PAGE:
Given that North Korea may or may not have detonated a hydrogen bomb, I figured it was about time for this anecdote.
Back in December 2014, I was not afraid to get on my soapbox and decry what appeared to be cowardice in the face of a pernicious threat to free speech. In the wake of the Sony hack that nearly cancelled the release of “The Interview,” I even invoked Charlie Chaplin’s “The Great Dictator” to express my disgust.
Trying to walk and not just talk, I immediately purchased tickets for the first Houston show once Sony rescheduled it for release. I even made the purchase confirmation my cover photo.
Longtime readers of this blog, or personal friends, are likely aware of my predilection for holding onto movie ticket stubs. I have made no secret of this collection, even making it the subject of my first random factoid back in July 2009. So surely the ticket stub for “The Interview” holds a treasured spot in the folder, right? Seeing a movie has rarely been such a political act.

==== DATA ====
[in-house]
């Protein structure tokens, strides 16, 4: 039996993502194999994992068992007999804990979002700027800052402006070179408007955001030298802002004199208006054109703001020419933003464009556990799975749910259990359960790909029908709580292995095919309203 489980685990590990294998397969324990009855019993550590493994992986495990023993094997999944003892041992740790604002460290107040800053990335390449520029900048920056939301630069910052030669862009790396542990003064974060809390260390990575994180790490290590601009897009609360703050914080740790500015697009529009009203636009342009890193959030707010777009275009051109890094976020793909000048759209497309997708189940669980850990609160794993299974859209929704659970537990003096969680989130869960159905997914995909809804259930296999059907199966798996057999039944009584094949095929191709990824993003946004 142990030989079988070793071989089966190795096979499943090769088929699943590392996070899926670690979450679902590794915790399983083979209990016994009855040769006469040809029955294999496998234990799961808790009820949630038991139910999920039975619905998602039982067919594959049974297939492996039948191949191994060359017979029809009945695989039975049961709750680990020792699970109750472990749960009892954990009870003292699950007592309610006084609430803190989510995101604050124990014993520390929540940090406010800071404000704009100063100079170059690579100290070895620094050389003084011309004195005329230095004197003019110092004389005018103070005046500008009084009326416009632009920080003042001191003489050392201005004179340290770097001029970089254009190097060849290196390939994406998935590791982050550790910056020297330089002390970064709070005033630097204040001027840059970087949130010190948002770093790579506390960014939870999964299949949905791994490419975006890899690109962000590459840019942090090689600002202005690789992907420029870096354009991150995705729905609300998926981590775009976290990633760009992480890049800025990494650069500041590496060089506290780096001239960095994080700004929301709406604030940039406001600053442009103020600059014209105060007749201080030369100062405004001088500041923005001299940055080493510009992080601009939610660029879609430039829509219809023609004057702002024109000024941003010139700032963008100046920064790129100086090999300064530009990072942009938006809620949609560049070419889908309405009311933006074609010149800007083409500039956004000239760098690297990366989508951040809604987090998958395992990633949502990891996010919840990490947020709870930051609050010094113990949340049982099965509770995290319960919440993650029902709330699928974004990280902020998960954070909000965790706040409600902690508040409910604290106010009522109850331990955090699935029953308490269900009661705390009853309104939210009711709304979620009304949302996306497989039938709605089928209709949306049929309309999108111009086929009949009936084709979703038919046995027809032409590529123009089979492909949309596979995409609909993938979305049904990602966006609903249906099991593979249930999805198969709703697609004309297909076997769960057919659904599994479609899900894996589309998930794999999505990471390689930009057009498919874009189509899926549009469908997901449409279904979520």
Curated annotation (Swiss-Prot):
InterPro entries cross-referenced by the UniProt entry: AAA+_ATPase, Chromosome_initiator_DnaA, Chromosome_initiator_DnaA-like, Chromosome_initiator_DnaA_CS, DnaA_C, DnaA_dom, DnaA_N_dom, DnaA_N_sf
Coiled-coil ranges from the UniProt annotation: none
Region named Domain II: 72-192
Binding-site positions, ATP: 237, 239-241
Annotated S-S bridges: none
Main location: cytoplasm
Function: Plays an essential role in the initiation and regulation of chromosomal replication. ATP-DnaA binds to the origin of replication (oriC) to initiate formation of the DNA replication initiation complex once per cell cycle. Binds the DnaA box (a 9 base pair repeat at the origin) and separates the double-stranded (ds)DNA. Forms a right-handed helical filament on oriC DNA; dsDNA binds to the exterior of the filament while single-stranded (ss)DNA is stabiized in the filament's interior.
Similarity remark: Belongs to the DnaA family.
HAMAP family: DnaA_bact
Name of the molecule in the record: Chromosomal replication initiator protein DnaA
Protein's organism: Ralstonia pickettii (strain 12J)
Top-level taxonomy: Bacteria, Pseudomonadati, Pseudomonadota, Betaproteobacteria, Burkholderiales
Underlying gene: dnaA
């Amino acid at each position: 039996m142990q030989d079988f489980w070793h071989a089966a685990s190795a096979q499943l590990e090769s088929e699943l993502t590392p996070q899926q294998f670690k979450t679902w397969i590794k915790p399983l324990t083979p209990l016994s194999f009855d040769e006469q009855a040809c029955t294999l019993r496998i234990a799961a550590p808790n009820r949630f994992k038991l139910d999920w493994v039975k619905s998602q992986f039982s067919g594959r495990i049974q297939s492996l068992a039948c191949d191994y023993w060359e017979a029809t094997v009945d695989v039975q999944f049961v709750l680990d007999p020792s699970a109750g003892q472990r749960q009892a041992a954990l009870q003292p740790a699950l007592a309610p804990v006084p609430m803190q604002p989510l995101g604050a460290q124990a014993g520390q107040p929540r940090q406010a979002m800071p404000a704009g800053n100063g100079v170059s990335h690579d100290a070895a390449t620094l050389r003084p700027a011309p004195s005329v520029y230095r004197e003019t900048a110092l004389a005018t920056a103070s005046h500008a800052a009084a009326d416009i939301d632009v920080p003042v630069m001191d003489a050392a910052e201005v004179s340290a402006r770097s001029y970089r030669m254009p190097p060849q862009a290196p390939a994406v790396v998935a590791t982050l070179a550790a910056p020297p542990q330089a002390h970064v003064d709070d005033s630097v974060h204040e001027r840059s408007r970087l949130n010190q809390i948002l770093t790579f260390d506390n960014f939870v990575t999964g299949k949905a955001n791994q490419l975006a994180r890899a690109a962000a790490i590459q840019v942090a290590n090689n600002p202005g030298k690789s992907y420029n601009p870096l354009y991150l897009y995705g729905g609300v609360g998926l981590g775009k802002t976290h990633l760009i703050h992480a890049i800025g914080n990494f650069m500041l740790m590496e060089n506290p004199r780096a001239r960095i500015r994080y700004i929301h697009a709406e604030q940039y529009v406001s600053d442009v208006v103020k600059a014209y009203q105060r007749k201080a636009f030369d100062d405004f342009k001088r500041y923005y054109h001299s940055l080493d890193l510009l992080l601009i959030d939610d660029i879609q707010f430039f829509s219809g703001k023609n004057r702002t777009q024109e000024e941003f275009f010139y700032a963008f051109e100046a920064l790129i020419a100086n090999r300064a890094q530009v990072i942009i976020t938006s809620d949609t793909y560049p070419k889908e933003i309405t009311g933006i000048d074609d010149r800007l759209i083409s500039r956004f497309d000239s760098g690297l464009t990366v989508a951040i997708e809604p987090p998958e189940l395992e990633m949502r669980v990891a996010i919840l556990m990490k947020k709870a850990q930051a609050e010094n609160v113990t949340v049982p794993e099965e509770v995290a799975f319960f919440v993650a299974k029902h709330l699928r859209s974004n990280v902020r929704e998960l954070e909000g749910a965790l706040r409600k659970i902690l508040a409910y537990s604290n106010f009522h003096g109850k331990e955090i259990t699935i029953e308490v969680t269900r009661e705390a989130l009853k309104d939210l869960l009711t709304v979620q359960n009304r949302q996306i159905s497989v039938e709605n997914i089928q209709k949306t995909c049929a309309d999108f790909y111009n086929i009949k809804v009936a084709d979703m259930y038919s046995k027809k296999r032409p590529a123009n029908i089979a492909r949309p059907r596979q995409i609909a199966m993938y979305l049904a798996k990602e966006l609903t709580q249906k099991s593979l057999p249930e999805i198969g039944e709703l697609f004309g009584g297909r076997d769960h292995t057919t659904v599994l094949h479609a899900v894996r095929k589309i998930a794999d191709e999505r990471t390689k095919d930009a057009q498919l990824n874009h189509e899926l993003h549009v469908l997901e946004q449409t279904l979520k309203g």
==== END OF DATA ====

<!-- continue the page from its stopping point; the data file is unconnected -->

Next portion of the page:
Well, if that’s what you thought, you thought wrong. I left arguably the most important ticket in my collection at the theater. Since Alamo Drafthouse requires that stubs be placed on the table in front of the seat, for whatever reason, I simply walked off without it. Normally, I slide the stub into my wallet after it gets ripped. But in this case, I forgot it. Driving home, I realized what I had done. This pretty much summarized my mood: